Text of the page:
Northern Ireland

Police Ombudsman to 'make enquiries' with PSNI over Sean Brown files

The family of Sean Brown (left) has called on interim PSNI chief constable Jon Boutcher to “intervene immediately” after it emerged that new information has been disclosed by the PSNI
The family of Sean Brown (left) has called on interim PSNI chief constable Jon Boutcher to “intervene immediately” after it emerged that new information has been disclosed by the PSNI The family of Sean Brown (left) has called on interim PSNI chief constable Jon Boutcher to “intervene immediately” after it emerged that new information has been disclosed by the PSNI

The Police Ombudsman has said it will be making enquiries with the PSNI after it emerged that newly disclosed information “raises issues in relation” to previous investigations into the murder of GAA official Sean Brown.

The police watchdog carried out an investigation into Mr Brown’s murder and produced a report in 2004.

A burnt out car at the scene where Sean Brown's body was found in 1997
A burnt out car at the scene where Sean Brown's body was found in 1997 A burnt out car at the scene where Sean Brown's body was found in 1997

The 61-year-old was attacked and beaten by an LVF gang as he locked the gates at Bellaghy Wolfe Tones GAC, Co Derry, in May 1997.

After being placed in the boot of his own car he was taken to a country lane outside Randalstown, Co Antrim, and shot six times.

Collusion is suspected and no-one has ever been charged.

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Mr Brown’s murder was investigated by police in 1997 and reviewed in 2004, while a separate probe was also carried out by the now defunct Historical Enquiries Team.

Mr Brown’s family has called on interim PSNI chief constable Jon Boutcher to “intervene immediately” after it emerged that new information has been disclosed by the PSNI.

Earlier this month it emerged 18 new files of sensitive information were recently made available for review.

The potentially relevant material arising from the review exercise amounts to “two files of material” an inquest hearing heard on Thursday.

Joseph Aiken KC, counsel for the coroner, Patrick Kinney, told the court that the new information “raise issues in relation to the previous investigations that have been undertaken” adding that the “PSNI is fully aware of the issues that arise in respect of the previous investigations and is in the process of taking the appropriate steps that are necessary in that regard”.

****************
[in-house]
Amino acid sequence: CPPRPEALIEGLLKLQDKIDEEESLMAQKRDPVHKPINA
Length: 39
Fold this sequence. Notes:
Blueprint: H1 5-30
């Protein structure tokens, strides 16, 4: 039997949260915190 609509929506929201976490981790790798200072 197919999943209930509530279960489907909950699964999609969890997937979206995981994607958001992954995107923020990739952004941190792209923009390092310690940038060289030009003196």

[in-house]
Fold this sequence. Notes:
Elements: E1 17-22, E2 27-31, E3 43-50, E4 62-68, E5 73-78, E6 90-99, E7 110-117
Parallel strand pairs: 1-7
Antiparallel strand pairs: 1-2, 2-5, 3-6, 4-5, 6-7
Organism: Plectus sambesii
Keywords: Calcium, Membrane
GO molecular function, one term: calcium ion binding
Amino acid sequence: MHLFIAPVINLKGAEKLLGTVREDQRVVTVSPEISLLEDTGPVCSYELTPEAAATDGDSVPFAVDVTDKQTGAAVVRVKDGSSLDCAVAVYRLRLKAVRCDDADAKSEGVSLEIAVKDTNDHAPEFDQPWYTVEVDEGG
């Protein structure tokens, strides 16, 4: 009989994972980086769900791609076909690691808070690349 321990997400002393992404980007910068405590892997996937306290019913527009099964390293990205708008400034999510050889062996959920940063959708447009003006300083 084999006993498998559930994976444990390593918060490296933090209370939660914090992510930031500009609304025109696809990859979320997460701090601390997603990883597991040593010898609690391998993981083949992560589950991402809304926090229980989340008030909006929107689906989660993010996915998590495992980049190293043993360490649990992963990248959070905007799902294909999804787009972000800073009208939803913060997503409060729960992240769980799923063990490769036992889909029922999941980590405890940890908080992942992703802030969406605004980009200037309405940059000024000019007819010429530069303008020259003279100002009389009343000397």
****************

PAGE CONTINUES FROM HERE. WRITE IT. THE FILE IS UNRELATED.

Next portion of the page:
A spokesman for the Police Ombudsman’s office said the PSNI will be contacted.

“We will be making enquiries with the police to establish whether this information was made available to the office prior to the publication of our report in January 2004,” he said.

In a statement the Brown family made a direct appeal to Mr Boutcher to "personally intervene and to review the two newly identified folders of recently discovered sensitive documentation and to confirm that all of this sensitive information was available to the original murder investigations, both in 1997 and also the review in 2004".

The PSNI was asked if the recently revealed information was made available to previous investigations but did not directly respond.

A PSNI spokesman said: “We are supporting the Coroner’s Service during this inquest and we will continue to do so. 

“As this is the subject of ongoing inquest proceedings, it would be inappropriate for the police service to comment further at this time.”

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The Brown family’s solicitor Niall Murphy said if the relevant material is not now disclosed to the Brown family the coroner “will be prevented from conducting an Inquest that complies with the right to life under Article 2 of the European Convention on Human Rights”.

“In those circumstances the coroner may be forced to follow the course that was adopted in the case of Alexander Litvinenko, where the coroner in that case requested the government to conduct a public inquiry into the death as the coronial processes were assessed as being incapable of delivering an effective investigation,” he said.

During this week’s inquest hearing Brown family barrister Stephen Toal told the court there was confidence in the coroner and his team.

“The family do, however, not repose the same level of faith in the police,” he added.